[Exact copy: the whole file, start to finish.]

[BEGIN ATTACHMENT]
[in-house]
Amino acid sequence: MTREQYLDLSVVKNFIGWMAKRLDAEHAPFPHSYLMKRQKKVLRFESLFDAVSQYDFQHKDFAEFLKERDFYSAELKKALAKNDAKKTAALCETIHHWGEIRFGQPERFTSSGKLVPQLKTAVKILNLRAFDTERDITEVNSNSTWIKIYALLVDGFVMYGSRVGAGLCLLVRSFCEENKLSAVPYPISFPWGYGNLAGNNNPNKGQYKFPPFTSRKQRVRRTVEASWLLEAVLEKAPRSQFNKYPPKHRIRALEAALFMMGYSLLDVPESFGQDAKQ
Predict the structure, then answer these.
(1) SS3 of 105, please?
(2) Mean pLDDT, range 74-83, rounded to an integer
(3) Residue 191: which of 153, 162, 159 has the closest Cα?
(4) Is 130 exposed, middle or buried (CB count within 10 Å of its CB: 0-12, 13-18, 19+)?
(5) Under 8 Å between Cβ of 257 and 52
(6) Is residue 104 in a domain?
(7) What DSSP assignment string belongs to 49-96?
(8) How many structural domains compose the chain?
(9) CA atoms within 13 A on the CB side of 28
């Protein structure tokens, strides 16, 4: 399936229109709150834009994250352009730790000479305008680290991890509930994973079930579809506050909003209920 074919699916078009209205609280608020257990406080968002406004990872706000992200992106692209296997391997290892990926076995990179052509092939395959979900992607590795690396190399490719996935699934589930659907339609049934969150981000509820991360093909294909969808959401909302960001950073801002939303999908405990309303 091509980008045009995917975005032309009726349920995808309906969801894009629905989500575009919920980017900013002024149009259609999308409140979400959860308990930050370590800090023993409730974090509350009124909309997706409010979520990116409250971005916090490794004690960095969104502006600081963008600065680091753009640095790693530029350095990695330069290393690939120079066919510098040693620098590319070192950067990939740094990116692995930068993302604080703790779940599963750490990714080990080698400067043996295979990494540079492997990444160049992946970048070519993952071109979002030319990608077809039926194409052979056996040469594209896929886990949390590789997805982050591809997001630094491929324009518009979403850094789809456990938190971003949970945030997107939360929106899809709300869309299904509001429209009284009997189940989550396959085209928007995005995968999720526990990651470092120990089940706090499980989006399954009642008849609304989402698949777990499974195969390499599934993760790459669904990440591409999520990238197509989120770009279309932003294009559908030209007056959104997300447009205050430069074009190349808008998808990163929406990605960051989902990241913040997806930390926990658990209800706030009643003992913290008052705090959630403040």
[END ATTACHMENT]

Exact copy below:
[in-house]
Amino acid sequence: MTREQYLDLSVVKNFIGWMAKRLDAEHAPFPHSYLMKRQKKVLRFESLFDAVSQYDFQHKDFAEFLKERDFYSAELKKALAKNDAKKTAALCETIHHWGEIRFGQPERFTSSGKLVPQLKTAVKILNLRAFDTERDITEVNSNSTWIKIYALLVDGFVMYGSRVGAGLCLLVRSFCEENKLSAVPYPISFPWGYGNLAGNNNPNKGQYKFPPFTSRKQRVRRTVEASWLLEAVLEKAPRSQFNKYPPKHRIRALEAALFMMGYSLLDVPESFGQDAKQ
Predict the structure, then answer these.
(1) SS3 of 105, please?
(2) Mean pLDDT, range 74-83, rounded to an integer
(3) Residue 191: which of 153, 162, 159 has the closest Cα?
(4) Is 130 exposed, middle or buried (CB count within 10 Å of its CB: 0-12, 13-18, 19+)?
(5) Under 8 Å between Cβ of 257 and 52
(6) Is residue 104 in a domain?
(7) What DSSP assignment string belongs to 49-96?
(8) How many structural domains compose the chain?
(9) CA atoms within 13 A on the CB side of 28
């Protein structure tokens, strides 16, 4: 399936229109709150834009994250352009730790000479305008680290991890509930994973079930579809506050909003209920 074919699916078009209205609280608020257990406080968002406004990872706000992200992106692209296997391997290892990926076995990179052509092939395959979900992607590795690396190399490719996935699934589930659907339609049934969150981000509820991360093909294909969808959401909302960001950073801002939303999908405990309303 091509980008045009995917975005032309009726349920995808309906969801894009629905989500575009919920980017900013002024149009259609999308409140979400959860308990930050370590800090023993409730974090509350009124909309997706409010979520990116409250971005916090490794004690960095969104502006600081963008600065680091753009640095790693530029350095990695330069290393690939120079066919510098040693620098590319070192950067990939740094990116692995930068993302604080703790779940599963750490990714080990080698400067043996295979990494540079492997990444160049992946970048070519993952071109979002030319990608077809039926194409052979056996040469594209896929886990949390590789997805982050591809997001630094491929324009518009979403850094789809456990938190971003949970945030997107939360929106899809709300869309299904509001429209009284009997189940989550396959085209928007995005995968999720526990990651470092120990089940706090499980989006399954009642008849609304989402698949777990499974195969390499599934993760790459669904990440591409999520990238197509989120770009279309932003294009559908030209007056959104997300447009205050430069074009190349808008998808990163929406990605960051989902990241913040997806930390926990658990209800706030009643003992913290008052705090959630403040």